Most Jacobean English Catholics, like most twenty-first century Muslims, would not have dreamt of upsetting a status quo in which, on the whole, they thrived. But a small and alienated set of them were dreaming of a form of salvation which the everyday and rather smug ordinariness of establishment life could not provide. The state had elaborate, overlapping and interlocking security arrangements which had identified and tracked some of these subversives, and infiltrated their networks, but had not thought the threat serious enough to act against them. They had concocted small plots and conspiracies and committed minor outrages in the previous few years...There was a desire of a hope alive in the early years of James' reign, as at the turn of the third millennium, that in some ways history was over, that it was possible to accommodate all shades of opinion in one mutually beneficial society, that the threat of the Roman Church, and of Spain, its military arm, belonged to the past. Both the English and the Spanish had happily signed a peace treaty in the summer of 1604 and later trade boomed and customs dues had soared...

The terrorist attack blew that complacency apart. the king his family, his councillors and the whole range of English government had been within a few hours of death (or at least so Robert Cecil led them to imagine.) The English became fixated on homeland security.

“The Emergence of Probability” by Ian Hacking

Score: 3.8/4
• content: 1 • writing: 1 • production: .8 • enjoyment: 1

Many modern philosophers claim that probability is a relation between a hypothesis and the evidence for it.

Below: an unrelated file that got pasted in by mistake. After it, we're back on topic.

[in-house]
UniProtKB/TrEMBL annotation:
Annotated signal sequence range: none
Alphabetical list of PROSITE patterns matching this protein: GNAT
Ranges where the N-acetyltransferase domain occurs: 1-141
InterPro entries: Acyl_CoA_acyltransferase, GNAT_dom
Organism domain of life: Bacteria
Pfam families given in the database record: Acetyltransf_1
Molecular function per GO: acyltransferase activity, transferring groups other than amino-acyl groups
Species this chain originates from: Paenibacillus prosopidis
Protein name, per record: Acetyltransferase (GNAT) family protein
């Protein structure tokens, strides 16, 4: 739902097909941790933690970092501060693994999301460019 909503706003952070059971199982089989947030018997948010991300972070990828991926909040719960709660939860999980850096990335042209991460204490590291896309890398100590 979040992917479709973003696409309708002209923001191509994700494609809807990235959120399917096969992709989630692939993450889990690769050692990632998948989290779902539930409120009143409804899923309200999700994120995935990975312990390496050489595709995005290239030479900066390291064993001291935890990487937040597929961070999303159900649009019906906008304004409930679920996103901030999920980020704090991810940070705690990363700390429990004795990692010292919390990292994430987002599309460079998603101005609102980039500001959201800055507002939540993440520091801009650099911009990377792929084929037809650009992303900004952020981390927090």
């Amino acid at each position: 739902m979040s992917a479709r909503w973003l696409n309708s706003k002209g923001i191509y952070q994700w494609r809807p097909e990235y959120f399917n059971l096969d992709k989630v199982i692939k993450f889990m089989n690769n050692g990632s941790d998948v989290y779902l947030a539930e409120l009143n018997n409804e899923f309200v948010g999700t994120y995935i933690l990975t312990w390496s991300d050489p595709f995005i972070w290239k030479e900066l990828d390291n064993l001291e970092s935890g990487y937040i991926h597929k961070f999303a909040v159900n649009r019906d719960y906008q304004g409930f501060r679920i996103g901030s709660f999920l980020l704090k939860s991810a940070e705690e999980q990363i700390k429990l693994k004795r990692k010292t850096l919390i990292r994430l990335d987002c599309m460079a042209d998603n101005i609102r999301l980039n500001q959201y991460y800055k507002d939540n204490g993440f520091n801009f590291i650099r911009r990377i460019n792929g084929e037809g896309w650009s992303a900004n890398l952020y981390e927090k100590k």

—Ian Hacking

Aug 19, 2007

Until computers became powerful enough that weather systems could be modeled accurately, forecasting the weather was an uncertain art form. Today, weather forecasts are not completely reliable; there is always an element of chance— the butterfly effect— "we live in an universe of chance."; the best we can do is to, "infer the future from the past." Probability plays a great role in how we make decisions on what do next— in 1736, Joseph Butler said that, "probability is the very guide of life."

If we are able to predict the weather reasonably accurately, can we also predict events in the future with reasonable accuracy, given appropriately powerful computers? In Leibniz's time there were, "lesser intellectuals whose dozens of programmes for universal grammar were motivated by a belief that if only we could uncover in the collective wisdom of mankind a suitable set of ideas, then we would be able to unlock all the secrets of the universe. Universal grammar, which was recently been presented as a key for understanding mind, was in those days a project for understanding all of nature." Leibniz's theory was that given, "an objectively correct prior distribution of probability for a set of possibilities, the correct distribution of probability is the one that corresponds to the propensity of the possibility to exist— very much as in dice rolling."

“The Emergence of Probability” by Ian Hacking, traces how the concepts of probability emerged in the late 1600s from the idea that it was was immoral— attempting to divine the future was the equivalent of trying to read the mind of God, who was solely responsible for our fate— to today where probability encompasses, "ideas with which we organize our reasoning."